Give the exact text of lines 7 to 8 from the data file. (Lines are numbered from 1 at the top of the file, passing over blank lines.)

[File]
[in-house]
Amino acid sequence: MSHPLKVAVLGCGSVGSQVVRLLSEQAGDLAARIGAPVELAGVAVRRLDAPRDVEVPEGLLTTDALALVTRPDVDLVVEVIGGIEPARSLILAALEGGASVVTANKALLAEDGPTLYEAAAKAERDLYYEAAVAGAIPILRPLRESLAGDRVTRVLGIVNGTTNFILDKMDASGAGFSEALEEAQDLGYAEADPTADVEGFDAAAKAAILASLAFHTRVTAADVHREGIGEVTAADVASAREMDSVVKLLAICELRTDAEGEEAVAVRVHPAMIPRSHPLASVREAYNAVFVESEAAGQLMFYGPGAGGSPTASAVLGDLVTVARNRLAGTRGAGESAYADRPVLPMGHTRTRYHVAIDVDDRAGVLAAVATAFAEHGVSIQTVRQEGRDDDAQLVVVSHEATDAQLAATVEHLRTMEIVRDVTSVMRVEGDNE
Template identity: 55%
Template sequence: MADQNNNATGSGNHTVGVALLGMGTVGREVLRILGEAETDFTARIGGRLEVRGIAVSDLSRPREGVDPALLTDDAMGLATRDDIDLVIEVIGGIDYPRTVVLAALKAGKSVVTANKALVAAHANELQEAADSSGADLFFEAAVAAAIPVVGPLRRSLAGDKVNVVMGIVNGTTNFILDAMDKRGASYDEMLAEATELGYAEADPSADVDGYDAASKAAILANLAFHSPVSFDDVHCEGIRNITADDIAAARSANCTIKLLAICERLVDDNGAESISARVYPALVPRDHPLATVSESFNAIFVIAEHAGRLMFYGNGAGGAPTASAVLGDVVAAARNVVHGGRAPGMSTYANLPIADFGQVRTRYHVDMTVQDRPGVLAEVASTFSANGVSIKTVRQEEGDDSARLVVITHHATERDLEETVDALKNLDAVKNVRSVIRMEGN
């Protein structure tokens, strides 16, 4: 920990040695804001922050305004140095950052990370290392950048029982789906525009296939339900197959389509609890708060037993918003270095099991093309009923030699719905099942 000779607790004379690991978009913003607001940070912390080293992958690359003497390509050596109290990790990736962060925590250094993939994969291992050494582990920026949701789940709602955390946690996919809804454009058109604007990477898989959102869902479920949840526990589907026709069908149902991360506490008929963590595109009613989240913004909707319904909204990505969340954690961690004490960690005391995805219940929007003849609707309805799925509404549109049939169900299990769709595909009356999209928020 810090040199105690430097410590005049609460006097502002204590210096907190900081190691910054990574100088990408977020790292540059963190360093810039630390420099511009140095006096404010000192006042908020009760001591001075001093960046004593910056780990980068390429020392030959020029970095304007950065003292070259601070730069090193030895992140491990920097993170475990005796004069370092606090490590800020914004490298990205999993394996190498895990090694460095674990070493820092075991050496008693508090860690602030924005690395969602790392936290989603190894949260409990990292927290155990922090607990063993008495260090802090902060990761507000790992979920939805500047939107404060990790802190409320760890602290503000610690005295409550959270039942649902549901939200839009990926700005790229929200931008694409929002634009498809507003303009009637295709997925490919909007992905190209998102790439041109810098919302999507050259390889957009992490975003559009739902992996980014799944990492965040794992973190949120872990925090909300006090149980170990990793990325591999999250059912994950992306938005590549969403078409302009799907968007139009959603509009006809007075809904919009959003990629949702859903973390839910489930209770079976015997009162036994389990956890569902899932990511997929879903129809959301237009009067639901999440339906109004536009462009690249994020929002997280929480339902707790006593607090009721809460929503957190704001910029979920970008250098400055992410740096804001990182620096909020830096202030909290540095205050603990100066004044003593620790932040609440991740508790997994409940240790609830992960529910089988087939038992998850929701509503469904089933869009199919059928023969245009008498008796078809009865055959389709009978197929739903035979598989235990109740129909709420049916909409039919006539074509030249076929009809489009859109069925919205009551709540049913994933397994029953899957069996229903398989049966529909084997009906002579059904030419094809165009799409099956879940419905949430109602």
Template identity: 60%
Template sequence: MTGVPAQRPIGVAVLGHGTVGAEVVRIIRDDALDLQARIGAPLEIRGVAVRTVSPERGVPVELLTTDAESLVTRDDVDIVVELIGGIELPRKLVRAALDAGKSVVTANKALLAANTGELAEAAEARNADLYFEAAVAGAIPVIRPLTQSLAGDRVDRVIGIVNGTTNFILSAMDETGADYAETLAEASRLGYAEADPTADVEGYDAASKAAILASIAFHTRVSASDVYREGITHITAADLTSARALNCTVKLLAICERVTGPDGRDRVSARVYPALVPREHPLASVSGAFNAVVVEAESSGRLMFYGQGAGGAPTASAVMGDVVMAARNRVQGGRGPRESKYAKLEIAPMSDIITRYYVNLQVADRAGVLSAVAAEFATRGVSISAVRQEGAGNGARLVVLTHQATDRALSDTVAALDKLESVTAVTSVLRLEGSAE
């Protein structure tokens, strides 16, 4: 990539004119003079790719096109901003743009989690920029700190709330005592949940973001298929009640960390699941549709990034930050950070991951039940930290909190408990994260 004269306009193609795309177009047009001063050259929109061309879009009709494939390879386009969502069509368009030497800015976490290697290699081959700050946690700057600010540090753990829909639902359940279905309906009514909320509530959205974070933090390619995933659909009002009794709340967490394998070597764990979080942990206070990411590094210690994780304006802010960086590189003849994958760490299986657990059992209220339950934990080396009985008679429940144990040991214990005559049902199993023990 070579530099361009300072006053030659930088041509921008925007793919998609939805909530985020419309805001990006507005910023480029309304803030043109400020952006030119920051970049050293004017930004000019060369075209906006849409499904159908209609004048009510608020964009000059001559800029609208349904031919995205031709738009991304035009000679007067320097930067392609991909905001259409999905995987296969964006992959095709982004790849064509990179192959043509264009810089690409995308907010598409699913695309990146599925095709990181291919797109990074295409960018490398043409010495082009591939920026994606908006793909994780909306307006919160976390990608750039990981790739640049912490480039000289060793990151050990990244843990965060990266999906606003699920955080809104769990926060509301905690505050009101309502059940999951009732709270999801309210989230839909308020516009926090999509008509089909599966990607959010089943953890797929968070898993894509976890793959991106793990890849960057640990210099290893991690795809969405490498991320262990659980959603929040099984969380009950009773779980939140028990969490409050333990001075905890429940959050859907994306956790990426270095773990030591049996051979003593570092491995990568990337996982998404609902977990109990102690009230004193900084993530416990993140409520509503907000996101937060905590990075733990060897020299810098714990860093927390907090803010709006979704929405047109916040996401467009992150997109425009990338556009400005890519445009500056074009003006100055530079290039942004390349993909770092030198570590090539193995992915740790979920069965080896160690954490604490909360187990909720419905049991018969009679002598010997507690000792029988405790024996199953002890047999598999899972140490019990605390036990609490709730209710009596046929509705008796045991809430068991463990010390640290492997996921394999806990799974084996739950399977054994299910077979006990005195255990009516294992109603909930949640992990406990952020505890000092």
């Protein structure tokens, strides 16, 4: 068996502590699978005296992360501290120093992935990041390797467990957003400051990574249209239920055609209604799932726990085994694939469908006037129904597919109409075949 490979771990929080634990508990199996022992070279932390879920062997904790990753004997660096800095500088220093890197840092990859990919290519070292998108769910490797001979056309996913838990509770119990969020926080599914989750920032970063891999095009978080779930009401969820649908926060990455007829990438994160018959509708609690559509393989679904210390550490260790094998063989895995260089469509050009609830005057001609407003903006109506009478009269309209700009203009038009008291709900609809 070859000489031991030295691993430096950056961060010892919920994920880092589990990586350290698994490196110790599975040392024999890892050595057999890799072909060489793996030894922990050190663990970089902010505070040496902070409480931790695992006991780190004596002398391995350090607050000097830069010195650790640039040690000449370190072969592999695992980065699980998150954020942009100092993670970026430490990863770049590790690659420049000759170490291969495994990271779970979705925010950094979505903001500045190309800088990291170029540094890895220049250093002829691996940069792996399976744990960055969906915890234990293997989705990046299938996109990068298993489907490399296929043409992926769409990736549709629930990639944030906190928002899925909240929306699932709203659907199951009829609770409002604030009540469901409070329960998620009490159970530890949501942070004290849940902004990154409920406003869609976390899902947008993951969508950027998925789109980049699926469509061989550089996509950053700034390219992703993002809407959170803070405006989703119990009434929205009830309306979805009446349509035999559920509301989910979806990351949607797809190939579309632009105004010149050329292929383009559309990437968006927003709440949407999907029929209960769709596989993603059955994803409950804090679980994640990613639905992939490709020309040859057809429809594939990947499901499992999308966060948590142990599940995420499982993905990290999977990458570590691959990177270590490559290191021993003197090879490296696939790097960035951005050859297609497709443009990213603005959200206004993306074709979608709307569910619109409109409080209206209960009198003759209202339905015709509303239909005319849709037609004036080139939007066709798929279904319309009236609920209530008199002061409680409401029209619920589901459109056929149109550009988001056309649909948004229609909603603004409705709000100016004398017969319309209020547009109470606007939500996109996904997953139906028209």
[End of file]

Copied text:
Template sequence: MTGVPAQRPIGVAVLGHGTVGAEVVRIIRDDALDLQARIGAPLEIRGVAVRTVSPERGVPVELLTTDAESLVTRDDVDIVVELIGGIELPRKLVRAALDAGKSVVTANKALLAANTGELAEAAEARNADLYFEAAVAGAIPVIRPLTQSLAGDRVDRVIGIVNGTTNFILSAMDETGADYAETLAEASRLGYAEADPTADVEGYDAASKAAILASIAFHTRVSASDVYREGITHITAADLTSARALNCTVKLLAICERVTGPDGRDRVSARVYPALVPREHPLASVSGAFNAVVVEAESSGRLMFYGQGAGGAPTASAVMGDVVMAARNRVQGGRGPRESKYAKLEIAPMSDIITRYYVNLQVADRAGVLSAVAAEFATRGVSISAVRQEGAGNGARLVVLTHQATDRALSDTVAALDKLESVTAVTSVLRLEGSAE
């Protein structure tokens, strides 16, 4: 990539004119003079790719096109901003743009989690920029700190709330005592949940973001298929009640960390699941549709990034930050950070991951039940930290909190408990994260 004269306009193609795309177009047009001063050259929109061309879009009709494939390879386009969502069509368009030497800015976490290697290699081959700050946690700057600010540090753990829909639902359940279905309906009514909320509530959205974070933090390619995933659909009002009794709340967490394998070597764990979080942990206070990411590094210690994780304006802010960086590189003849994958760490299986657990059992209220339950934990080396009985008679429940144990040991214990005559049902199993023990 070579530099361009300072006053030659930088041509921008925007793919998609939805909530985020419309805001990006507005910023480029309304803030043109400020952006030119920051970049050293004017930004000019060369075209906006849409499904159908209609004048009510608020964009000059001559800029609208349904031919995205031709738009991304035009000679007067320097930067392609991909905001259409999905995987296969964006992959095709982004790849064509990179192959043509264009810089690409995308907010598409699913695309990146599925095709990181291919797109990074295409960018490398043409010495082009591939920026994606908006793909994780909306307006919160976390990608750039990981790739640049912490480039000289060793990151050990990244843990965060990266999906606003699920955080809104769990926060509301905690505050009101309502059940999951009732709270999801309210989230839909308020516009926090999509008509089909599966990607959010089943953890797929968070898993894509976890793959991106793990890849960057640990210099290893991690795809969405490498991320262990659980959603929040099984969380009950009773779980939140028990969490409050333990001075905890429940959050859907994306956790990426270095773990030591049996051979003593570092491995990568990337996982998404609902977990109990102690009230004193900084993530416990993140409520509503907000996101937060905590990075733990060897020299810098714990860093927390907090803010709006979704929405047109916040996401467009992150997109425009990338556009400005890519445009500056074009003006100055530079290039942004390349993909770092030198570590090539193995992915740790979920069965080896160690954490604490909360187990909720419905049991018969009679002598010997507690000792029988405790024996199953002890047999598999899972140490019990605390036990609490709730209710009596046929509705008796045991809430068991463990010390640290492997996921394999806990799974084996739950399977054994299910077979006990005195255990009516294992109603909930949640992990406990952020505890000092």